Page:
Is “No Contact” Biblical?
“No Contact” is a method for dealing with abuse in which the target stops interacting with the abuser entirely.
The idea behind it is to cut off the abuser from the attention they receive from a target, as abusers intentionally manipulate the people in their lives to garner power and control over them.
Abusers often do this by creating chaos in their interactions, then deny responsibility for ever having been part of it. It’s a dizzying experience called “crazymaking,” and it often leaves victims angry and off-balance. In response, victims often emotionally react to the torment (understandably so), or cave to the abuser’s demands. The reality is reactions of either kind give the abuser the sense that they have the power to control your reactions, and they will use that to their advantage.
Both Jesus and Paul both sanctioned cutting off interactions with people who have established themselves as unsafe individuals through their unrepentant sin (Matthew 18:17 and 1 Corinthians 5:11). Limiting or cutting off contact is meant to not only protect the vulnerable, but also to help the abuser realize the gravity of their sin, that they might repent and turn to God.
Paul is extremely clear about the need to stay away from abusers in 2 Timothy 3:2-6 (ESV):
For people will be lovers of self, lovers of money, proud, arrogant, abusive, disobedient to their parents, ungrateful, unholy, heartless, unappeasable, slanderous, without self-control, brutal, not loving good, treacherous, reckless, swollen with conceit, lovers of pleasure rather than lovers of God, having the appearance of godliness, but denying its power. Avoid such people.
However, going no contact is not always possible with a person with whom you share children. In these cases, limited interactions are still a healthy and godly way to protect yourself and your children against continued abusive attacks.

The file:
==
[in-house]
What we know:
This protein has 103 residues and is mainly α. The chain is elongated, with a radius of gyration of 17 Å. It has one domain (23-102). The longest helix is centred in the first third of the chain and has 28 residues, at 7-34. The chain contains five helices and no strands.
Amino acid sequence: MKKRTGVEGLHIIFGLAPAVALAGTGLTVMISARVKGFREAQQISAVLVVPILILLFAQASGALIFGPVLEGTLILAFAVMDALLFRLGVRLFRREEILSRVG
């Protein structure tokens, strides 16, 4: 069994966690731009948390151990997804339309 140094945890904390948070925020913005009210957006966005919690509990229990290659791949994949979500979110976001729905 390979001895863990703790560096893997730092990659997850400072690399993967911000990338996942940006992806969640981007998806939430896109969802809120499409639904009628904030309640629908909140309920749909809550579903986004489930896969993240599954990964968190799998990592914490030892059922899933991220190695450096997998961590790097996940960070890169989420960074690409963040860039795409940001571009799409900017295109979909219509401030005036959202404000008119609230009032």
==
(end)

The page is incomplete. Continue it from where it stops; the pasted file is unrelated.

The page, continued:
5 Tips for Going “No Contact” or Limiting Contact
- Get Your Heart Right. Proverbs 22:24-25 warns, “Make no friendship with a man given to anger, nor go with a wrathful man, lest you learn his ways and entangle yourself in a snare” (ESV). Distancing yourself from an abuser is not retaliation, but rather a natural consequence that follows the abuser’s choice to treat you in an unacceptable way. It is not done out of anger, but rather to yield to God’s wisdom, guard your heart from corruption, and protect your children. It’s important for your spiritual well-being, and your children’s.
- Keep Emotions Out of It. Going 100% no contact is usually not possible when kids are involved, but limited, “business-like”contact for logistical reasons only (pick ups, drop offs, etc) can keep disturbances to a minimum. This is known as the “gray rock method” in which you become about as interesting as a gray rock. With gray rock, you avoid chit-chat, and sharing information about your own life (or getting information about theirs). It’s often advisable to use written means to communicate as often as possible in these situations.
- Get Help. It can be helpful to have a third party involved when a conversation is expected to occur in person. The third party doesn’t need to be involved in the dialogue, other than to protect you if things start getting out of hand. Having such conversations in a public place is another good idea.
- Seek Safety. Remember that withdrawing attention usually makes abuse worse. Think about it—it’s just like an addict experiencing the withdrawal symptoms that accompany substance abuse. Work with local domestic violence resources to have a safety plan in place to ensure that you and your children are safe.
- Get a Mentor. You are healing. You are changing. You are learning new ways of thinking and behaving. Sometimes, all this newness makes it hard to know what to do. There were times when I was so sure I needed to contact my ex-husband but my mentor encouraged me instead to seek the Lord and wait on Him (and that always turned out to be the right answer). Godly counsel is vital in these situations so seek out a person who knows the Lord and has experienced a similar situation.